A Whale of a Tale: Notes from the Ship

Posted on April 24, 2020 by

Have you ever wondered what it’s like to spend a day at sea on board a tall ship while crossing the open waters of the Atlantic Ocean?

In this update from the ship, our Deckhand, Nicholas, shares a close encounter with a pod of dolphins, a handful of orca and a chase that had everyone on the edge of their seat.

UTC/DATE/TIME: 09:00 12-04-2020
BOARD DATE/TIME: 08:00 12-04-2020
POSITION: 44º59’N   026º48’W
HEADING:  043º (North East)
SEA STATE: The rolling waves from the West have lessened a little
resulting in the ship rolling much less than yesterday morning.
AIR TEMP: 13º C, 57º F
SAILS CARRIED: We are still motoring along.
LOG KEEPER: Nicholas

“Yesterday was a beautiful day. It started out with a whale of a tale, as a pod of Sperm Whales (Physeter macrocephalus), or cachalot, were spotted, the largest of the toothed whales. We altered course and observed them for an hour. The closest we came was when a mother and her calf swam right off the port bow. It was breathtaking.

As we saw them dive, we thought that would be the end of that for the day. Our engineer, Deyan, helped the cook make Schnitzel for lunch, and many agreed it was restaurant quality. Toma made Bagels by hand which we are enjoying this morning.

Shortly after lunch another very large sperm whale was spotted off the port beam. While looking out to Starboard for more sperm whales, a massive fin was observed carving out of the water coming directly toward the ship, a massive white and black head looking right at the ship before diving below.

This happened five times until the massive Orca (Killer Whale) dove below the surface. We were right in between a pod of orca whales and the hunt.

The hunt begins.

As many of us climbed the mast to get a better sight of them, we slowed down our engine and altered course once more. From aloft we saw the massive fin of the male orca whale carve once more nearly two meters out of the water, distinctive scars upon both his fin and face. As we watched, a female and a calf surfaced right next to the male; they were now heading north.

It was at this time that we noticed a large pod of dolphins swimming from east to west. Perhaps thirty in total, they were launching themselves out of the water darting to the left and right, I have never seen dolphins jump like that. As we looked on, with the male orca and the two continuing north on their intercept course for the dolphins, at least two more orca whales surfaced close behind the pod of frantic dolphins.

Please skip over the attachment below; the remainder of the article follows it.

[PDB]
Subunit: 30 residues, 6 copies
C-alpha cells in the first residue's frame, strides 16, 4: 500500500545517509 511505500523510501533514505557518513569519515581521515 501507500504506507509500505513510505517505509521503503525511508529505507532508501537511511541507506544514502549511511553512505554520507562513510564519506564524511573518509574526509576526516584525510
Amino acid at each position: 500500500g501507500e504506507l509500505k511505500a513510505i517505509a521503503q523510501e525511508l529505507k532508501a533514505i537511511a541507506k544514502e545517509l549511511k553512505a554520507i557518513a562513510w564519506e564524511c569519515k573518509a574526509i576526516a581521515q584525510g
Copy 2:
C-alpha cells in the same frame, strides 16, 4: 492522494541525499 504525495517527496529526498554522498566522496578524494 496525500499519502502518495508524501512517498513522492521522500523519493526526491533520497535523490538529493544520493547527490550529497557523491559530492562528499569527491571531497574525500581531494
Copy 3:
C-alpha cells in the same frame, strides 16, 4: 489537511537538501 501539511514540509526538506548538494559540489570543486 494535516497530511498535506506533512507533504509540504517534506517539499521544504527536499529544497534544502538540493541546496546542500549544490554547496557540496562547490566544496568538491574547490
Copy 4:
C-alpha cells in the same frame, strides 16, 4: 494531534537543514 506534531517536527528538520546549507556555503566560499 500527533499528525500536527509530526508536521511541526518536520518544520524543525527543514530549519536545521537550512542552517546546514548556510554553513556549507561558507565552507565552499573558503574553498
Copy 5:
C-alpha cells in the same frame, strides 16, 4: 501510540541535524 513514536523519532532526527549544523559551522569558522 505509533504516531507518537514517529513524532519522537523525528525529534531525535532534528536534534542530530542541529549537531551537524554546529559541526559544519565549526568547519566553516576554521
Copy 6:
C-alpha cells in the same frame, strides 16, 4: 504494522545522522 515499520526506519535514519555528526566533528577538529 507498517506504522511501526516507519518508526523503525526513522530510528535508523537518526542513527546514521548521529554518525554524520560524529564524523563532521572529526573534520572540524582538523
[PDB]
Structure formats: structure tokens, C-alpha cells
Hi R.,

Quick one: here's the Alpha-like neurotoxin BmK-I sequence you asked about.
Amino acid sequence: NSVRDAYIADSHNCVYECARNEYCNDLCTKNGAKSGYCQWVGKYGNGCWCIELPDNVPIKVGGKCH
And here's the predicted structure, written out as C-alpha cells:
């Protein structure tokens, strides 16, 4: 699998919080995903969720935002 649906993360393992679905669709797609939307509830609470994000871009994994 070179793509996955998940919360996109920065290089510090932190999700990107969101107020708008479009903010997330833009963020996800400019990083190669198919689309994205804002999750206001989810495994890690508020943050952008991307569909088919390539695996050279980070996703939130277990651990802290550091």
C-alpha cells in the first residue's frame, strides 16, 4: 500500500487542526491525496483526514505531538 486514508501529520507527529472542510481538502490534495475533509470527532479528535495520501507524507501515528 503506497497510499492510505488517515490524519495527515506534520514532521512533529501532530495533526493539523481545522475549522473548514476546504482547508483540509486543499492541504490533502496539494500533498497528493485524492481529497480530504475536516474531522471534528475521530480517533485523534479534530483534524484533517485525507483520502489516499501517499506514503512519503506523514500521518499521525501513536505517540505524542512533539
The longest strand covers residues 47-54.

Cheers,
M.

The trap had been sprung.

The two pods of orca whales closed in and the dolphins made another large sprint to the west to try and get away. It was at this time that the third pod of orca whales surfaced traveling west to east just a hundred yards or so in front of the dolphins. The dolphins broke ranks and darted off in all directions, flying once more out of the water as if they wished for nothing more than to have wings instead of fins.

They can fly however; I grant them that, since after a couple of minutes or so the pod of dolphins had mostly formed up again having escaped the attack from three sides by the orca whales. For the next half hour we continued to watch; Tommaso, Toma and myself laughed aloft as Deyan narrated the events in a very good impression of Sir David Attenborough.

Gradually the whales swam away leaving us once more to the calm seas as far as the eyes can see. The rest of the day was taken up by good food, and high spirits as we marvelled at our spout of good luck to be able to have experienced what we did. This Morning we continue to press on toward Europe; a thick fog rolled in this morning limiting our visibility to a couple hundred yards for much of the time. We continue to wait for the winds return, and for our final turn to the east to begin our way up the English Channel. For now we will enjoy the journey and continue to look out for whales.”